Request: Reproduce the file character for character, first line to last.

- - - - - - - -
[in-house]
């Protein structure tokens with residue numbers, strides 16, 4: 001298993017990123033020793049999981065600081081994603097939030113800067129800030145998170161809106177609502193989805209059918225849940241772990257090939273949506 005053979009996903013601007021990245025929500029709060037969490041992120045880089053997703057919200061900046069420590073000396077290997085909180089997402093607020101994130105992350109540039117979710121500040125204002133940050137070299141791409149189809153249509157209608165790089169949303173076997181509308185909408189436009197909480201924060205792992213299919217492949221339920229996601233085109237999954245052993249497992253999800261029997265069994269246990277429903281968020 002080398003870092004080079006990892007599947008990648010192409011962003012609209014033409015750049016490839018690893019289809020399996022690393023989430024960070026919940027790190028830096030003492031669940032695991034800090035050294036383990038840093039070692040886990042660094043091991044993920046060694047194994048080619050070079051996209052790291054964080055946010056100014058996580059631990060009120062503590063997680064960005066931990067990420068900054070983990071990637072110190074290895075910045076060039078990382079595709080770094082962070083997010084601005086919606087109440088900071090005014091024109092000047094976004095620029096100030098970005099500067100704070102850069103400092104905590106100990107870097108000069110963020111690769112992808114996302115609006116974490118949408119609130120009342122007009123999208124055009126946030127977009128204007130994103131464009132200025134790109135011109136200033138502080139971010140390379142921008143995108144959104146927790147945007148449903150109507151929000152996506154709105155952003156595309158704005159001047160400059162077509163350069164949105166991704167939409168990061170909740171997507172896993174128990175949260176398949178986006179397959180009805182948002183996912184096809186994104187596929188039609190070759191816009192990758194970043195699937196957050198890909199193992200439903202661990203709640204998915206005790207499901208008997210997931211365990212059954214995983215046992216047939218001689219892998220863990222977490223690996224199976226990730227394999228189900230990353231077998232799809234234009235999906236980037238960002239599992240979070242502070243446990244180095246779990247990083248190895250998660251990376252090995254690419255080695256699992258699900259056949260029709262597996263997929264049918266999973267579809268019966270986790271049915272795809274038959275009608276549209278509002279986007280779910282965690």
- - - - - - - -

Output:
[in-house]
């Protein structure tokens with residue numbers, strides 16, 4: 001298993017990123033020793049999981065600081081994603097939030113800067129800030145998170161809106177609502193989805209059918225849940241772990257090939273949506 005053979009996903013601007021990245025929500029709060037969490041992120045880089053997703057919200061900046069420590073000396077290997085909180089997402093607020101994130105992350109540039117979710121500040125204002133940050137070299141791409149189809153249509157209608165790089169949303173076997181509308185909408189436009197909480201924060205792992213299919217492949221339920229996601233085109237999954245052993249497992253999800261029997265069994269246990277429903281968020 002080398003870092004080079006990892007599947008990648010192409011962003012609209014033409015750049016490839018690893019289809020399996022690393023989430024960070026919940027790190028830096030003492031669940032695991034800090035050294036383990038840093039070692040886990042660094043091991044993920046060694047194994048080619050070079051996209052790291054964080055946010056100014058996580059631990060009120062503590063997680064960005066931990067990420068900054070983990071990637072110190074290895075910045076060039078990382079595709080770094082962070083997010084601005086919606087109440088900071090005014091024109092000047094976004095620029096100030098970005099500067100704070102850069103400092104905590106100990107870097108000069110963020111690769112992808114996302115609006116974490118949408119609130120009342122007009123999208124055009126946030127977009128204007130994103131464009132200025134790109135011109136200033138502080139971010140390379142921008143995108144959104146927790147945007148449903150109507151929000152996506154709105155952003156595309158704005159001047160400059162077509163350069164949105166991704167939409168990061170909740171997507172896993174128990175949260176398949178986006179397959180009805182948002183996912184096809186994104187596929188039609190070759191816009192990758194970043195699937196957050198890909199193992200439903202661990203709640204998915206005790207499901208008997210997931211365990212059954214995983215046992216047939218001689219892998220863990222977490223690996224199976226990730227394999228189900230990353231077998232799809234234009235999906236980037238960002239599992240979070242502070243446990244180095246779990247990083248190895250998660251990376252090995254690419255080695256699992258699900259056949260029709262597996263997929264049918266999973267579809268019966270986790271049915272795809274038959275009608276549209278509002279986007280779910282965690």